As we wrote about in detail a few months ago, sloths have a pretty low-key lifestyle. They can hang upside down much of the day, moving slowly when they move at all, while only going to the bathroom once a week or so. That’s a consequence of having to live on very little nutritional energy from a diet mostly composed of tree leaves. New research published in the journal The American Naturalist suggests that in this low-energy group, some sloths are more slothful than others—and one species has the lowest field metabolic rate ever recorded in a mammal. 

An animal’s field metabolic rate, or FMR, is its daily energy expenditure in the wild. Scientists had calculated it for three-toed sloths in the 1980s, but no one had ever gotten around to doing the same for two-toed sloths (which split from their distant cousins more than 40 million years ago). Ecologist Jonathan Pauli and his team from the University of Wisconsin decided they should, and while they were at it, they wanted to see how the two groups of sloths stacked up against each other.

To measure how much energy the animals used over the course of a day, the researchers captured several brown-throated three-toed sloths and Hoffmann’s two-toed sloths in Costa Rica. They took blood samples, and then injected the sloths with water “labeled” with specific isotopes of oxygen and hydrogen. After tracking the sloths for a week and a half, the scientists drew their blood again and looked at how much of the isotopes remained to calculate the sloths’ FMRs. During that week and a half, the researchers also monitored the sloths’ body temperatures, how much they moved each day, and where they went.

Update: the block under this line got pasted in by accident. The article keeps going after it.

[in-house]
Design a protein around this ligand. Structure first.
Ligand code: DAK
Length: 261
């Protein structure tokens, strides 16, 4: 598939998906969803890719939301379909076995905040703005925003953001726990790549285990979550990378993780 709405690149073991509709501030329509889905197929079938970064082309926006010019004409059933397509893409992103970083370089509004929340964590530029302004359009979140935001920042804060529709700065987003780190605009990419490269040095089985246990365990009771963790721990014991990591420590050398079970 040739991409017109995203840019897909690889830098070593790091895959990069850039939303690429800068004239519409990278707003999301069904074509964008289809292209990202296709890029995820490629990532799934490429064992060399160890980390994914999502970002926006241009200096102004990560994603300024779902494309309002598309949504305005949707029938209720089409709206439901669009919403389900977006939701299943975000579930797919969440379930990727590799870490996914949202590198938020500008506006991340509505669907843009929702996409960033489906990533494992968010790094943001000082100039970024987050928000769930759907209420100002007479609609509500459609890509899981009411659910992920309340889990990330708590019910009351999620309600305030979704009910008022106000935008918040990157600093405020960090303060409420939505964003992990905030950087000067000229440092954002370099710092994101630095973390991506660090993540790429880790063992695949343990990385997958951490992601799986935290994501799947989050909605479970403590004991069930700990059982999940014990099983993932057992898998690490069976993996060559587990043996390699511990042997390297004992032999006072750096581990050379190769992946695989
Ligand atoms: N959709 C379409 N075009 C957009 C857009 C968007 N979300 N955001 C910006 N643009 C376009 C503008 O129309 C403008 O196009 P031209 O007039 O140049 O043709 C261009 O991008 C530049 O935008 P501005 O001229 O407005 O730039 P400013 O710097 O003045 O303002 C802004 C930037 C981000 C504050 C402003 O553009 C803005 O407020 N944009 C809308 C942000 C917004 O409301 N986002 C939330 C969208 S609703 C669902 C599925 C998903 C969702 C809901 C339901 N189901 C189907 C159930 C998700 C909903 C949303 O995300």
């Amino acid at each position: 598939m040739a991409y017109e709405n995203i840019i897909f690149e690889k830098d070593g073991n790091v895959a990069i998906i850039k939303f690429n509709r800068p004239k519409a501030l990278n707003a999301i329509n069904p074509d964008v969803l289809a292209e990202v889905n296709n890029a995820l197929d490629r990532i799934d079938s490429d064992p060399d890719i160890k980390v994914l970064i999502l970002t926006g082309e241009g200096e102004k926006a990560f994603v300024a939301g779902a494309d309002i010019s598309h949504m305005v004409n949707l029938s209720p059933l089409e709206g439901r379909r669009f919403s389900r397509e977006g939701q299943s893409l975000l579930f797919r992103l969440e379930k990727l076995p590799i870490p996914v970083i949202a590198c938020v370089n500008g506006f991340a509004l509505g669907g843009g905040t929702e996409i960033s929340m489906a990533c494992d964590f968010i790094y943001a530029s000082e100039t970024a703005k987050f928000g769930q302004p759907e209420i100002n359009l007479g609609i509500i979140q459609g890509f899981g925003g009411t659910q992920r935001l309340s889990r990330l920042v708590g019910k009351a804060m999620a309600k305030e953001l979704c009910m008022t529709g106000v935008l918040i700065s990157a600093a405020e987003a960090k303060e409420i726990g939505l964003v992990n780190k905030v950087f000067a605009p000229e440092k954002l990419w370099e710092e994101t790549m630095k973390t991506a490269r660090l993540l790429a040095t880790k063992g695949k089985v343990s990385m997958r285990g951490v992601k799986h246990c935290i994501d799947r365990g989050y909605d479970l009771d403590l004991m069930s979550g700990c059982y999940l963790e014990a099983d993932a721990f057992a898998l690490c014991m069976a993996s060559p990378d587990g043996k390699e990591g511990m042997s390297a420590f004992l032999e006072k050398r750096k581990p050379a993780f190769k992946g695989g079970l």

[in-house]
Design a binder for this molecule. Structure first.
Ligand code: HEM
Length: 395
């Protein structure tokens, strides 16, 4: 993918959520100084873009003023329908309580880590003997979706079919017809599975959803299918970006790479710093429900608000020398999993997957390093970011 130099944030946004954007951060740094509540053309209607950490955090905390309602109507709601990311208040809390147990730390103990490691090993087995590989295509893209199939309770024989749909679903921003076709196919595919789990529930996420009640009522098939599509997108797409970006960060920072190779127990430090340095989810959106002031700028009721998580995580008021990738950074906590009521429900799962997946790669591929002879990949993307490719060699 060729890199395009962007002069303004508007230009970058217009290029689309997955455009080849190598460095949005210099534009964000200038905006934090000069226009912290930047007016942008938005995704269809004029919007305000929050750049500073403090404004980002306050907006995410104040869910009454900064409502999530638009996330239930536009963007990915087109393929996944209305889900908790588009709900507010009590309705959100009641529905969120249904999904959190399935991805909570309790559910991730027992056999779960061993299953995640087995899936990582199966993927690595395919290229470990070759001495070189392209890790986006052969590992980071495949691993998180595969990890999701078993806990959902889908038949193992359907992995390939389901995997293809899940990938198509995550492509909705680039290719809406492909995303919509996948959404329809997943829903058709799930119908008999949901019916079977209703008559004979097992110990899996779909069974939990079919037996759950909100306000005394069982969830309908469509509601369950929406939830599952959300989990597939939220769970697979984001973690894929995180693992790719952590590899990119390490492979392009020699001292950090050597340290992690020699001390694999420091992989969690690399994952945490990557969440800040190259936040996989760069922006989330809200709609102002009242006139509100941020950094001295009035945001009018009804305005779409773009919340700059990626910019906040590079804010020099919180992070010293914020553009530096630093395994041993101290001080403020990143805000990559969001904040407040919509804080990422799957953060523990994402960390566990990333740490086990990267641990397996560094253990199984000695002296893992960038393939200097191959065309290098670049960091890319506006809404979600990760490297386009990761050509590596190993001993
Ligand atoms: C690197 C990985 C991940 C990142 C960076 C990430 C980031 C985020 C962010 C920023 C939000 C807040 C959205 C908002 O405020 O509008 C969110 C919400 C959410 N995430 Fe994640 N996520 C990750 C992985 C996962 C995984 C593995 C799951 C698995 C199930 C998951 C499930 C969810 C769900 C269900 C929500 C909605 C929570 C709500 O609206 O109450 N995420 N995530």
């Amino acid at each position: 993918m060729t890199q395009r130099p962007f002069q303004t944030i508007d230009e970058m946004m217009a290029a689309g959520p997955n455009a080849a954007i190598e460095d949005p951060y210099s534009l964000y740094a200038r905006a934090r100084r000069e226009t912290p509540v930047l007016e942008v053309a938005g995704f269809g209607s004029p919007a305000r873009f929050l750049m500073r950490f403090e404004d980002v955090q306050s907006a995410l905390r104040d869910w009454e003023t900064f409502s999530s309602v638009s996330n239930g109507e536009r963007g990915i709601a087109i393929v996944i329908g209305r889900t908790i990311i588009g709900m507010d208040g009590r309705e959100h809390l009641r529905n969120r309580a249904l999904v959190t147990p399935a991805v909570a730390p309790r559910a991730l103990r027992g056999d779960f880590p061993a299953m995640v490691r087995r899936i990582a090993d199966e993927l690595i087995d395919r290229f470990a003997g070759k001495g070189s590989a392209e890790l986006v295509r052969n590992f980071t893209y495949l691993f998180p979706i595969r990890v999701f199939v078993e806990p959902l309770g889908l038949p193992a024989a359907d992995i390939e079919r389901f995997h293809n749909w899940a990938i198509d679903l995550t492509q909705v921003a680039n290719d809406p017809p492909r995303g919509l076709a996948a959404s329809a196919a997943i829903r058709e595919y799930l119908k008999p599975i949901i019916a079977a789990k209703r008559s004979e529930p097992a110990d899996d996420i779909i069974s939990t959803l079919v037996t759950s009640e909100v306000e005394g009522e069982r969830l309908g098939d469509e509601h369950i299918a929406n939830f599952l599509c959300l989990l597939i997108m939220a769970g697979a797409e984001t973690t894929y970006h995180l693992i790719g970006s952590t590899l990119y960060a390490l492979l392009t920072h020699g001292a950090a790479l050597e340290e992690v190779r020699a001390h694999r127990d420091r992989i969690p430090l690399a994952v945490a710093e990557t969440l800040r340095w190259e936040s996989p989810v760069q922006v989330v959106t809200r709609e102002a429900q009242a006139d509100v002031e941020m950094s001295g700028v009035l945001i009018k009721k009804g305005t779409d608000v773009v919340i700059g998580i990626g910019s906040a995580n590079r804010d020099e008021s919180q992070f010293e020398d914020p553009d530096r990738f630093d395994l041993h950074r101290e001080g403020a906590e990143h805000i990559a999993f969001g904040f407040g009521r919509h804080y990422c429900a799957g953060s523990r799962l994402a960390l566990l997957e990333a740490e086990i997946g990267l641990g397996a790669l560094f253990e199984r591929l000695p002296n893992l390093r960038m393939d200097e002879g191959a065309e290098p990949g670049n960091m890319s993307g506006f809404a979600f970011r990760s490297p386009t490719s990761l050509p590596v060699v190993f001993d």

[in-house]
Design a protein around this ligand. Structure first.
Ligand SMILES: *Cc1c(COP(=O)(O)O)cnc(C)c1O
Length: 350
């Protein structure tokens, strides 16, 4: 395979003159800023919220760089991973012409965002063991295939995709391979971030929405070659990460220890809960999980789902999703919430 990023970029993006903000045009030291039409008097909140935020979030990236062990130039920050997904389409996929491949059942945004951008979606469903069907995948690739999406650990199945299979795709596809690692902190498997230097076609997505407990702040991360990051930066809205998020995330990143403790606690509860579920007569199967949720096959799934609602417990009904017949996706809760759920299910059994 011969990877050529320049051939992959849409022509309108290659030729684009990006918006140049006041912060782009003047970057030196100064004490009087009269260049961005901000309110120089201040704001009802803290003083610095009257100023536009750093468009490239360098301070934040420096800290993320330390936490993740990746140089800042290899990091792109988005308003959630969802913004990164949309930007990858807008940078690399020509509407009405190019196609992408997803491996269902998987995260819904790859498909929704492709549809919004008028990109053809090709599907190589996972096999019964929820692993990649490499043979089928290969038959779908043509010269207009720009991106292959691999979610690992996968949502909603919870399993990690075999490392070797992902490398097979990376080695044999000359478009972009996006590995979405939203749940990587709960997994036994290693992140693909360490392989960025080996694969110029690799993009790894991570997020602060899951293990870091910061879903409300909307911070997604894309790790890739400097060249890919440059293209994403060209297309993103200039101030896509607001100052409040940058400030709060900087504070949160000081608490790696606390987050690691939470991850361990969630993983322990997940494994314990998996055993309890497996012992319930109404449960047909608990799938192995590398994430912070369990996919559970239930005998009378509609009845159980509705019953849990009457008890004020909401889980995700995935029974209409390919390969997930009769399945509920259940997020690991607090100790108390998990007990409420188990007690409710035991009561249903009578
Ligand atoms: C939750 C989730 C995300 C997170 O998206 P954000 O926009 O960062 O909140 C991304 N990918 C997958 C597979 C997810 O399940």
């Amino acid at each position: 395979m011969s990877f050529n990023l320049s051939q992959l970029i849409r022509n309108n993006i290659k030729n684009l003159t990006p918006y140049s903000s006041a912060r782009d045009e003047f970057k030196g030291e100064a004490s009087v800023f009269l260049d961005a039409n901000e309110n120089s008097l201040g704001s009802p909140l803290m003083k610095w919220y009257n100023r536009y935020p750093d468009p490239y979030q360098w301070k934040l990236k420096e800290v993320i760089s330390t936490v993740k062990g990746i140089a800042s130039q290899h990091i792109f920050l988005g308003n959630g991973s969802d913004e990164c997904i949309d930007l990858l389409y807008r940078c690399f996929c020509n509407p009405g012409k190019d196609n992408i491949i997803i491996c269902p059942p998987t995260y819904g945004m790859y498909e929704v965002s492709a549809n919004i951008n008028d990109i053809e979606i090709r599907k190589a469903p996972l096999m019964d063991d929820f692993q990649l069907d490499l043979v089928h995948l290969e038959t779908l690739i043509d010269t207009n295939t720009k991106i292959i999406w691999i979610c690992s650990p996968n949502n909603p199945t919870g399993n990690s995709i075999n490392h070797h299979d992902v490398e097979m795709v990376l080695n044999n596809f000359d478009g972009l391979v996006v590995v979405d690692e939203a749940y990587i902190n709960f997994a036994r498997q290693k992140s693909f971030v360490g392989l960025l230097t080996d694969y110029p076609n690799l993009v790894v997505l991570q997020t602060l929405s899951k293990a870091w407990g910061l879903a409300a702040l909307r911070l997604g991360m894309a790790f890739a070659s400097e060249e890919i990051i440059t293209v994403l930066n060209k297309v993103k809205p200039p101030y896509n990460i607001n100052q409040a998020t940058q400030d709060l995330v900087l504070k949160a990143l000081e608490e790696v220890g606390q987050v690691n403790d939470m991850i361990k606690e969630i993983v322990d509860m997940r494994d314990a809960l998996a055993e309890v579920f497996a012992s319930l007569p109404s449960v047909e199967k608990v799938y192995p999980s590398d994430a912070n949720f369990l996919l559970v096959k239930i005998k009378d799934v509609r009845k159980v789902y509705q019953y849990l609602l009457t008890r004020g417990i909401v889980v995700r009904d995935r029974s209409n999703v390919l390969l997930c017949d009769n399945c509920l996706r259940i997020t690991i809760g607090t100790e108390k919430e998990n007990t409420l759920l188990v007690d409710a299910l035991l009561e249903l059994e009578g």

They found that the brown-throated three-toed sloths' FMRs were 31 percent lower than the two-toed sloths'. That’s impressive conservation in a group of animals that is already pretty judicious about expending energy. What’s more amazing is that the three-toed sloth’s FMR is lower than what’s been measured in any other mammal outside of hibernation.

How do the sloths get away with using that little energy day to day? The researchers say it's a combination of behavioral and physiological characteristics. First, the three-toed sloths aren’t very mobile, even by the low standards of sloths, and only traveled around 160 feet per day (the two-toed sloths, meanwhile covered about 480 feet daily). Second, their body temperatures fluctuated much more than the other sloths and rose and fell with the ambient temperature. The sloths still need to keep their temperature within a certain range, but instead of regulating their temps with metabolic processes, they adjusted their thermostats behaviorally. They inched their way higher into the trees during the cool mornings to warm up in the sunlight, and then made their way back down into the shade as the day went on and the ambient temperature increased.

The researchers decided to take their comparisons a step further and compared the sloths’ FMRs to those available for other arboreal folivores (that is, animals that live in trees and eat their leaves). They found that the more specialized in this lifestyle an animal was, the lower its daily energy use.

The adaptations sloths need to live on such little energy—slow movements, low metabolic and digestive rates, and thermoregulating behaviors—are a unique combination (they also need another odd adaptation to live hanging upside down from branches).

These “unexpected, and even bizarre, characteristics,” Pauli’s team concludes, may help explain why arboreal folivory is such a rare lifestyle (it occurs in less than 0.2 percent of mammals), and why sloths and other arboreal folivores haven’t diversified as much as groups with other lifestyles. “A suite of adaptations, rather than a single key innovation, is necessary to support an organism exploiting a lifestyle in the trees,” the team writes. The constraints of the diet available up there and traits required to exploit it don’t make it a very attractive place for the arboreal folivores to branch out—so they haven’t.